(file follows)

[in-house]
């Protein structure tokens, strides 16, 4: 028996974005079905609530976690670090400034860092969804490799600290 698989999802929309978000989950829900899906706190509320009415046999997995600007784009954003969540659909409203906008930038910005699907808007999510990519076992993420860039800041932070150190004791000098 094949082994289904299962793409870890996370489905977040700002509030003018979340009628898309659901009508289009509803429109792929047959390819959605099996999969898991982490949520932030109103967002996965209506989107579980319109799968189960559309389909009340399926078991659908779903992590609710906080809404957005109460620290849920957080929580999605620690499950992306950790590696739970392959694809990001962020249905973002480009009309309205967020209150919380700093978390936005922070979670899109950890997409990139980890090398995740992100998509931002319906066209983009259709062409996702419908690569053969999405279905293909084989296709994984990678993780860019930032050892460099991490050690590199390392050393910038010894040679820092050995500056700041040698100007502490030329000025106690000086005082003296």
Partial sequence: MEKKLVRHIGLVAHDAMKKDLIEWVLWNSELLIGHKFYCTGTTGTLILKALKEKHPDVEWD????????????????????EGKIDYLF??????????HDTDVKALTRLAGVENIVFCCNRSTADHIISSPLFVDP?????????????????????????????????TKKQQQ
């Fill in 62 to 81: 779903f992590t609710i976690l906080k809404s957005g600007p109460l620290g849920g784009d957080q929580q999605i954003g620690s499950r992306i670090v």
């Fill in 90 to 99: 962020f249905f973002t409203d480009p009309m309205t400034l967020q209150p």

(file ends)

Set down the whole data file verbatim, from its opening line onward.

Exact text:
[in-house]
């Protein structure tokens, strides 16, 4: 028996974005079905609530976690670090400034860092969804490799600290 698989999802929309978000989950829900899906706190509320009415046999997995600007784009954003969540659909409203906008930038910005699907808007999510990519076992993420860039800041932070150190004791000098 094949082994289904299962793409870890996370489905977040700002509030003018979340009628898309659901009508289009509803429109792929047959390819959605099996999969898991982490949520932030109103967002996965209506989107579980319109799968189960559309389909009340399926078991659908779903992590609710906080809404957005109460620290849920957080929580999605620690499950992306950790590696739970392959694809990001962020249905973002480009009309309205967020209150919380700093978390936005922070979670899109950890997409990139980890090398995740992100998509931002319906066209983009259709062409996702419908690569053969999405279905293909084989296709994984990678993780860019930032050892460099991490050690590199390392050393910038010894040679820092050995500056700041040698100007502490030329000025106690000086005082003296």
Partial sequence: MEKKLVRHIGLVAHDAMKKDLIEWVLWNSELLIGHKFYCTGTTGTLILKALKEKHPDVEWD????????????????????EGKIDYLF??????????HDTDVKALTRLAGVENIVFCCNRSTADHIISSPLFVDP?????????????????????????????????TKKQQQ
């Fill in 62 to 81: 779903f992590t609710i976690l906080k809404s957005g600007p109460l620290g849920g784009d957080q929580q999605i954003g620690s499950r992306i670090v």
């Fill in 90 to 99: 962020f249905f973002t409203d480009p009309m309205t400034l967020q209150p």